April 29, 2022

Supporting Feminism & #MeToo is not an excuse not to condemn the Abuse, Defamation, & Gaslighting of Johnny Depp.

Supporting #MeToo does not excuse the Abuse of Johnny Depp.

I haven’t followed the trial closely (others have) (written in more depth, with more insight) but I have been through similar, and it’s powerful to see evidence and testimony backing up the opposite side of a story that was told, and pushed, for years. See the below for more, including my “conclusion.”

What I would say is that, as with Will Smith and The Slap, it’s possible to look at celebrity and sports heroes not out of gossip, but out of a sense of learning from their trials, mistakes, and victories, to learn from them as did our ancestors from their gods.

Exhibit A, he is a mensch. “According to court testimony, she threw a wine Vodka bottle that hit his hand and shattered. A piece of glass sliced the tip of his finger off while shattering.”

Johnny Depp’s reaction to the court finally getting to hear the audio tape in which Amber Heard admits to abusing him

Judge: Ok. All right, yes ma’am.

Lawyer: Good afternoon Mr. Depp

Depp: Good afternoon.

Lawyer: Can you please tell the jury why you’re here today?

Depp: Yes, about six years ago, Miss Heard made some quite heinous and disturbing… brought these disturbing criminal acts against me that were not based in any species of truth. It was a complete shock that it would… it just didn’t need to go in that direction as nothing of the kind had ever happened. Though the relationship… there were arguments and things of that nature, but never did I myself reach the point of striking Miss Heard in any way, nor have I ever struck any woman in my life.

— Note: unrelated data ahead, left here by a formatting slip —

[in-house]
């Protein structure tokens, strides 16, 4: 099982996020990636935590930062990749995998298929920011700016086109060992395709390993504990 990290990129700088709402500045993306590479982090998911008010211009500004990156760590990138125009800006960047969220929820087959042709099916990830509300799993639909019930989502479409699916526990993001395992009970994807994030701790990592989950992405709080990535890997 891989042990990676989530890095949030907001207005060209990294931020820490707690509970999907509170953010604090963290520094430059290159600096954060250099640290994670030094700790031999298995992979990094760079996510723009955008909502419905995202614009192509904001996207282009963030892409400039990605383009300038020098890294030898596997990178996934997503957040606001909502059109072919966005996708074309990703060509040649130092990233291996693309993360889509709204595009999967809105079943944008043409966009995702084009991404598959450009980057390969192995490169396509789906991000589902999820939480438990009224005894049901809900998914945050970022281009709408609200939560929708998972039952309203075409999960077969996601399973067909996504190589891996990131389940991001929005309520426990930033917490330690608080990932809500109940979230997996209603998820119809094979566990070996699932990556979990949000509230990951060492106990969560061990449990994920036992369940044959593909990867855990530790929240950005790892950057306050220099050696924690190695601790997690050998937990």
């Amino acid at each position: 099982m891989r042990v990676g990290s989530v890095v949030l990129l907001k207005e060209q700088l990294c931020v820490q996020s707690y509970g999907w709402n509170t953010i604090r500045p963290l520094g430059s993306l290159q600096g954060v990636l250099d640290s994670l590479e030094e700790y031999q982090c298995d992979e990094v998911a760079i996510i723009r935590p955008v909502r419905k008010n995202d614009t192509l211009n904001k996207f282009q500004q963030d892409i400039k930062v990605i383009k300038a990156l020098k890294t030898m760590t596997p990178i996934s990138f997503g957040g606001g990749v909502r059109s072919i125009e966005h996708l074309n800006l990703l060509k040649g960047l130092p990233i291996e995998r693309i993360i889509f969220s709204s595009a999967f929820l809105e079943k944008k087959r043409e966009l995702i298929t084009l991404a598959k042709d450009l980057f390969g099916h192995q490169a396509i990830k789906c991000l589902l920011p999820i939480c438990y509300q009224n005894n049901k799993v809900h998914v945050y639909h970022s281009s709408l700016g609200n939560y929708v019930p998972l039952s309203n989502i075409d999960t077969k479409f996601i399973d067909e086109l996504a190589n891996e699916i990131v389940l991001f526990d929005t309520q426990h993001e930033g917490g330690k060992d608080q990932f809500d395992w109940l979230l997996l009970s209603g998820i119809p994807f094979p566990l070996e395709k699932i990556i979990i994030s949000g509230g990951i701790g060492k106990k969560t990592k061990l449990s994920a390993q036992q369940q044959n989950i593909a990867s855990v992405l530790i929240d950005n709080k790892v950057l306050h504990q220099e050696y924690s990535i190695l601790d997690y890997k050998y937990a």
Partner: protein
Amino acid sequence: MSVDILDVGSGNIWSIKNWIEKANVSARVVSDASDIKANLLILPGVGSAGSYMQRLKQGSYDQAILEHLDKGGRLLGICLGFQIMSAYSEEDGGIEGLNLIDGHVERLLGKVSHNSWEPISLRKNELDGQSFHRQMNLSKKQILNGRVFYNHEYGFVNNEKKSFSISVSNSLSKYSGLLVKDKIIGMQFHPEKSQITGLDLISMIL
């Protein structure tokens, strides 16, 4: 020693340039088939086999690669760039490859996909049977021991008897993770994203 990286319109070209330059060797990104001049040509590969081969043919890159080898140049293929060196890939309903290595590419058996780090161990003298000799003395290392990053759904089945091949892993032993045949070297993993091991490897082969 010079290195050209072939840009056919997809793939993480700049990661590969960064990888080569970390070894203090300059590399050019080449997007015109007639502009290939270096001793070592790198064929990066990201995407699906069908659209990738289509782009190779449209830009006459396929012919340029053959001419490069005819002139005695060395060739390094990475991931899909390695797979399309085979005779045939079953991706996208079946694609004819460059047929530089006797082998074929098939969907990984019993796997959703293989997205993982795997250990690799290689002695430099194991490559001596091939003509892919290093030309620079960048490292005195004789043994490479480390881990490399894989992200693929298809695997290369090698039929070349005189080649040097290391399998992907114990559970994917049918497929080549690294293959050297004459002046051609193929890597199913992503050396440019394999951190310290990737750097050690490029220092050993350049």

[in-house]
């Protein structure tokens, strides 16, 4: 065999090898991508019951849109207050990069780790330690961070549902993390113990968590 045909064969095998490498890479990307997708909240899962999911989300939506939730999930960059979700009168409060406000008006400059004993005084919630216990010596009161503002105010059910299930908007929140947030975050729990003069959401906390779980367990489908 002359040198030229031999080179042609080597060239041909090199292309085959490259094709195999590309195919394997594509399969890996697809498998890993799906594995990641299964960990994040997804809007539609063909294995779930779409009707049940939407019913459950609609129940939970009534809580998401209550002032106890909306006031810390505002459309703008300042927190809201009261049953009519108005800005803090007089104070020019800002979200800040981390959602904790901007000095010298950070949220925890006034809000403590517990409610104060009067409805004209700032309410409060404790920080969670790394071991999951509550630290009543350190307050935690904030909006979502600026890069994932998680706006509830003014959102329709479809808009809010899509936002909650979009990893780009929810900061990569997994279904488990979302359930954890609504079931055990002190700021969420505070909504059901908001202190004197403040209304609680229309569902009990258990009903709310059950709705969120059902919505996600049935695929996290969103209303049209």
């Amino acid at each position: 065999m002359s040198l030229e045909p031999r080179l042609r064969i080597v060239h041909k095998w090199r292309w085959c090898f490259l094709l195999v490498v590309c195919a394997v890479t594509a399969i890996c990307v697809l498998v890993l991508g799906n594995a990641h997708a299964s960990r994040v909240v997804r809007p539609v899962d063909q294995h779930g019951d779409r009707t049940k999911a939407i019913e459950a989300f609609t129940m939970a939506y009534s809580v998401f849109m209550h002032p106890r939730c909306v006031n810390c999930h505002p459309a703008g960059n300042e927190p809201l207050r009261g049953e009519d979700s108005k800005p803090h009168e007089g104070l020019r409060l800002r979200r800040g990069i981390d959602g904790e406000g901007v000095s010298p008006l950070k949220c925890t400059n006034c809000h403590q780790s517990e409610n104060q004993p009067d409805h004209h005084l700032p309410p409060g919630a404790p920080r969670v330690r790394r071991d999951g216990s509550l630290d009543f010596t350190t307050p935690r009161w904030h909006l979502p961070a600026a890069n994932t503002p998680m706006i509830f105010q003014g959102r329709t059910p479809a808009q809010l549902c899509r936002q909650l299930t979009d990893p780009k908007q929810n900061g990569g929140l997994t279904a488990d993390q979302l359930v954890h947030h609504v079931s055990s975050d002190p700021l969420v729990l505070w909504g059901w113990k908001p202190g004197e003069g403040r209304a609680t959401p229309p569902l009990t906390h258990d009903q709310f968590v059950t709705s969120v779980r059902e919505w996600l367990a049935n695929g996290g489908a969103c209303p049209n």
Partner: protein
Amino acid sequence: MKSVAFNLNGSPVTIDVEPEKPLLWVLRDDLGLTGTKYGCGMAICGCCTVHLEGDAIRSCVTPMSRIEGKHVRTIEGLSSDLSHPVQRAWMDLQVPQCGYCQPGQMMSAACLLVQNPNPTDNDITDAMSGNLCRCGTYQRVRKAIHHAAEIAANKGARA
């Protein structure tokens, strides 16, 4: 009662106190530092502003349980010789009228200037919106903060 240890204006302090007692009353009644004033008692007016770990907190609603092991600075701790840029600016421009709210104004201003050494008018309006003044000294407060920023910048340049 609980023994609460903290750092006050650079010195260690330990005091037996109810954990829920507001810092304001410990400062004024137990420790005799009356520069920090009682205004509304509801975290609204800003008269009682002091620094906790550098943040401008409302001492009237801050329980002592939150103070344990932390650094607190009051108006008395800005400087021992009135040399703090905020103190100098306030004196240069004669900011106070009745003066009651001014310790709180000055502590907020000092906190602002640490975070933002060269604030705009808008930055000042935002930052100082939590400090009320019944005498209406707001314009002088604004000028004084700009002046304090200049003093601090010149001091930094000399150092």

And so I, at the time, because the news of her accusations had, sort of permeated the industry and made its way through media and social media, and became quite a global… let’s say “fact” if you will. And, since I knew that there was no truth to it whatsoever, I felt it my responsibility to stand up, not only for myself in that instance, but stand up for my children, who at the time were 14 and 16, and so they were in high school, and so I thought it was diabolical that my children would have to go to school and have their friends or people in the school approach them with the infamous People magazine cover with Miss Heard with a dark bruise on her face.

And then it just kept multiplying, it just kept getting bigger and bigger. So, it was my responsibility, I felt, to, not only attempt to clear my name, for the sake of many reasons, but I wanted to clear my children of this horrid thing that they were having to read about their father which was untrue.

And also, after many years of being in this industry, (at the time, it was probably… I’d probably been in the industry 30+ years, 35 years, never had had any problems) anything like that, and I’ve met many people over the years, many of the people, and had had the opportunity to talk to those people and to even give advice to these people and I’m not…

My goal is the truth, because it killed me that people that I had spoken with that I had met with over the years who maybe were in not such a great position and they needed advice, and I gave them the best advice I could, all I could think of was that those people would think that I was a fraud, and that I had lied to them.